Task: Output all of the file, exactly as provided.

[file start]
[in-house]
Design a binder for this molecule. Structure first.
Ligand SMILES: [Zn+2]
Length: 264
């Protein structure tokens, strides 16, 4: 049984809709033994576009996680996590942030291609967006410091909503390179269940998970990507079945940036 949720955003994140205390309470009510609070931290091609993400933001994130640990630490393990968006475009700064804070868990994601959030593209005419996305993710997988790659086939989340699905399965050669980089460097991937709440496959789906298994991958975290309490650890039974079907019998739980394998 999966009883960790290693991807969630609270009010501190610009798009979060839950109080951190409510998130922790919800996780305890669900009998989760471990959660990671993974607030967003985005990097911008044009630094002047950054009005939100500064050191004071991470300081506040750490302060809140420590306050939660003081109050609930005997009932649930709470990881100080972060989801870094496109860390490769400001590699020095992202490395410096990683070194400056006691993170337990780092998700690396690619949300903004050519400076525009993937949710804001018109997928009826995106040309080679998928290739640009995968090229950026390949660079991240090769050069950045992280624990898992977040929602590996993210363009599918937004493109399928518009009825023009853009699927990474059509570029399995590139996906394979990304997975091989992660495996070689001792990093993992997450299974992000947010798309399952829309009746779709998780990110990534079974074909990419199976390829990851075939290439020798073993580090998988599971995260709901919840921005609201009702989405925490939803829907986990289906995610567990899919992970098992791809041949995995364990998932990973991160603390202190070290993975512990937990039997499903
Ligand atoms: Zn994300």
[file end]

[in-house]
Design a binder for this molecule. Structure first.
Ligand SMILES: [Zn+2]
Length: 264
């Protein structure tokens, strides 16, 4: 049984809709033994576009996680996590942030291609967006410091909503390179269940998970990507079945940036 949720955003994140205390309470009510609070931290091609993400933001994130640990630490393990968006475009700064804070868990994601959030593209005419996305993710997988790659086939989340699905399965050669980089460097991937709440496959789906298994991958975290309490650890039974079907019998739980394998 999966009883960790290693991807969630609270009010501190610009798009979060839950109080951190409510998130922790919800996780305890669900009998989760471990959660990671993974607030967003985005990097911008044009630094002047950054009005939100500064050191004071991470300081506040750490302060809140420590306050939660003081109050609930005997009932649930709470990881100080972060989801870094496109860390490769400001590699020095992202490395410096990683070194400056006691993170337990780092998700690396690619949300903004050519400076525009993937949710804001018109997928009826995106040309080679998928290739640009995968090229950026390949660079991240090769050069950045992280624990898992977040929602590996993210363009599918937004493109399928518009009825023009853009699927990474059509570029399995590139996906394979990304997975091989992660495996070689001792990093993992997450299974992000947010798309399952829309009746779709998780990110990534079974074909990419199976390829990851075939290439020798073993580090998988599971995260709901919840921005609201009702989405925490939803829907986990289906995610567990899919992970098992791809041949995995364990998932990973991160603390202190070290993975512990937990039997499903
Ligand atoms: Zn994300």